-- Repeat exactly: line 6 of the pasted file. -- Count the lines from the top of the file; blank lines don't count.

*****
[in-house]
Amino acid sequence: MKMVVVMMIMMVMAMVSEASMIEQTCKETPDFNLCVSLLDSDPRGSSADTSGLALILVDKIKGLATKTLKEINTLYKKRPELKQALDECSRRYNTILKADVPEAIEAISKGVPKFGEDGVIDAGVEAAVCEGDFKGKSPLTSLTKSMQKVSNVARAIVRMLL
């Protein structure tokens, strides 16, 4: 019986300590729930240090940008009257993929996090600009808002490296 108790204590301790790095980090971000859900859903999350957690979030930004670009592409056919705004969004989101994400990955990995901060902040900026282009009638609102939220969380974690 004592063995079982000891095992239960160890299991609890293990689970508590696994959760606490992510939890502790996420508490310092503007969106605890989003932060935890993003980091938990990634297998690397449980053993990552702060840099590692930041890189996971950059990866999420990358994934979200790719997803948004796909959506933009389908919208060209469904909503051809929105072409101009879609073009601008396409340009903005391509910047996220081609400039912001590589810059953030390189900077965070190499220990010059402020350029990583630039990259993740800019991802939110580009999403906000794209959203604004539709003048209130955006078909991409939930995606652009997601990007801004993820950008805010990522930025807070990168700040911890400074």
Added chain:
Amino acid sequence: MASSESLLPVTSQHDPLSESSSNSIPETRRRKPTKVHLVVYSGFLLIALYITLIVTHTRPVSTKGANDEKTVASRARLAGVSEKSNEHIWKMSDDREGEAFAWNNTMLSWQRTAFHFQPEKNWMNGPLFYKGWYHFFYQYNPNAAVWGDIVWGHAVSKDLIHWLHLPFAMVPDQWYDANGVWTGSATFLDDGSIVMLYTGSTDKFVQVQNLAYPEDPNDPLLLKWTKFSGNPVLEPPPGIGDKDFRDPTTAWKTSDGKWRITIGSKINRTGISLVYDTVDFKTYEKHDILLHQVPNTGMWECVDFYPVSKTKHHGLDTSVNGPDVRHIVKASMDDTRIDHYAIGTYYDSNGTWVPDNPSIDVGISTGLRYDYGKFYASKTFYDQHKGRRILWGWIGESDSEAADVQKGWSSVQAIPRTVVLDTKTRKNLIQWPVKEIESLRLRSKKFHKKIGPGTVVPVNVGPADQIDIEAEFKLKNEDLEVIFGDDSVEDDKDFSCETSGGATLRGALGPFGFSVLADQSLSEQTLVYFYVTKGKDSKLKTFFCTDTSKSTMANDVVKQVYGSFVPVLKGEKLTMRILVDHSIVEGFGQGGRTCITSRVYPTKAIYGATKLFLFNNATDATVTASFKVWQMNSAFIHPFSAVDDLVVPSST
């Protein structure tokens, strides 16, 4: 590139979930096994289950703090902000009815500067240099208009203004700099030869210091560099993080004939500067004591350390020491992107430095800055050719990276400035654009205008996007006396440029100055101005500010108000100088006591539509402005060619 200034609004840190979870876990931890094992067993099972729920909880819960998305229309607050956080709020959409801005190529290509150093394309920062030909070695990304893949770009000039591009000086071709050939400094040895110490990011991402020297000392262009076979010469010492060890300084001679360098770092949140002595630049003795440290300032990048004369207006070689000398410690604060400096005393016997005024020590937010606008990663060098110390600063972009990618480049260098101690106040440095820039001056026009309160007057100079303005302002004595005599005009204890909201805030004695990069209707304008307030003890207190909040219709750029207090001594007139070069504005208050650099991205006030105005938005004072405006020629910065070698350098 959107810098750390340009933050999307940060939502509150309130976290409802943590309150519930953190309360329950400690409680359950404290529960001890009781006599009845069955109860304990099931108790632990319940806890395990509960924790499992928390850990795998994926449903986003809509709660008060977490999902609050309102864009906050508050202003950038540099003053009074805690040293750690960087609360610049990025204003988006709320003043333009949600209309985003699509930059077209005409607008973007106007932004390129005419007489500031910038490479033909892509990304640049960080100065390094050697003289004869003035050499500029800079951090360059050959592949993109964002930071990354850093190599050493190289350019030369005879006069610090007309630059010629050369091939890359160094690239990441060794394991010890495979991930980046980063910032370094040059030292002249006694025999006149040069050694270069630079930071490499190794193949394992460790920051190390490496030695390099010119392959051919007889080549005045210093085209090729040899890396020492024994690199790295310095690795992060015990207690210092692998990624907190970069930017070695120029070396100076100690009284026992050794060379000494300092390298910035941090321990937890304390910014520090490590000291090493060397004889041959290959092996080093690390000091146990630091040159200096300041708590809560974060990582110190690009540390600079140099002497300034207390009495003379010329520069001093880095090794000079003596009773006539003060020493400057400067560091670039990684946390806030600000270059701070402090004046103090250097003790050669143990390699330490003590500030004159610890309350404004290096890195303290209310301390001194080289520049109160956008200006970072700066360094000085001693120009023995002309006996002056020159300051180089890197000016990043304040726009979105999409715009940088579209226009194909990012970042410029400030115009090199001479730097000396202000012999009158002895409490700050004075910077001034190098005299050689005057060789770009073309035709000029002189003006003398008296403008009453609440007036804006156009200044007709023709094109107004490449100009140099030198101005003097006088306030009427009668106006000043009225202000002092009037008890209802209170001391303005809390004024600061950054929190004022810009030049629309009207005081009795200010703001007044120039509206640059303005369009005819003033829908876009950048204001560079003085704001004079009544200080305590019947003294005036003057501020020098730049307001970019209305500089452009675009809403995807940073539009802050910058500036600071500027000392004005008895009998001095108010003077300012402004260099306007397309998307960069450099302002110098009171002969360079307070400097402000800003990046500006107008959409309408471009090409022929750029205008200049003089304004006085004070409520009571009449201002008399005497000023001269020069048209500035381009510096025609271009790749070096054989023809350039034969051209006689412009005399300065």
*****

């Protein structure tokens, strides 16, 4: 590139979930096994289950703090902000009815500067240099208009203004700099030869210091560099993080004939500067004591350390020491992107430095800055050719990276400035654009205008996007006396440029100055101005500010108000100088006591539509402005060619 200034609004840190979870876990931890094992067993099972729920909880819960998305229309607050956080709020959409801005190529290509150093394309920062030909070695990304893949770009000039591009000086071709050939400094040895110490990011991402020297000392262009076979010469010492060890300084001679360098770092949140002595630049003795440290300032990048004369207006070689000398410690604060400096005393016997005024020590937010606008990663060098110390600063972009990618480049260098101690106040440095820039001056026009309160007057100079303005302002004595005599005009204890909201805030004695990069209707304008307030003890207190909040219709750029207090001594007139070069504005208050650099991205006030105005938005004072405006020629910065070698350098 959107810098750390340009933050999307940060939502509150309130976290409802943590309150519930953190309360329950400690409680359950404290529960001890009781006599009845069955109860304990099931108790632990319940806890395990509960924790499992928390850990795998994926449903986003809509709660008060977490999902609050309102864009906050508050202003950038540099003053009074805690040293750690960087609360610049990025204003988006709320003043333009949600209309985003699509930059077209005409607008973007106007932004390129005419007489500031910038490479033909892509990304640049960080100065390094050697003289004869003035050499500029800079951090360059050959592949993109964002930071990354850093190599050493190289350019030369005879006069610090007309630059010629050369091939890359160094690239990441060794394991010890495979991930980046980063910032370094040059030292002249006694025999006149040069050694270069630079930071490499190794193949394992460790920051190390490496030695390099010119392959051919007889080549005045210093085209090729040899890396020492024994690199790295310095690795992060015990207690210092692998990624907190970069930017070695120029070396100076100690009284026992050794060379000494300092390298910035941090321990937890304390910014520090490590000291090493060397004889041959290959092996080093690390000091146990630091040159200096300041708590809560974060990582110190690009540390600079140099002497300034207390009495003379010329520069001093880095090794000079003596009773006539003060020493400057400067560091670039990684946390806030600000270059701070402090004046103090250097003790050669143990390699330490003590500030004159610890309350404004290096890195303290209310301390001194080289520049109160956008200006970072700066360094000085001693120009023995002309006996002056020159300051180089890197000016990043304040726009979105999409715009940088579209226009194909990012970042410029400030115009090199001479730097000396202000012999009158002895409490700050004075910077001034190098005299050689005057060789770009073309035709000029002189003006003398008296403008009453609440007036804006156009200044007709023709094109107004490449100009140099030198101005003097006088306030009427009668106006000043009225202000002092009037008890209802209170001391303005809390004024600061950054929190004022810009030049629309009207005081009795200010703001007044120039509206640059303005369009005819003033829908876009950048204001560079003085704001004079009544200080305590019947003294005036003057501020020098730049307001970019209305500089452009675009809403995807940073539009802050910058500036600071500027000392004005008895009998001095108010003077300012402004260099306007397309998307960069450099302002110098009171002969360079307070400097402000800003990046500006107008959409309408471009090409022929750029205008200049003089304004006085004070409520009571009449201002008399005497000023001269020069048209500035381009510096025609271009790749070096054989023809350039034969051209006689412009005399300065």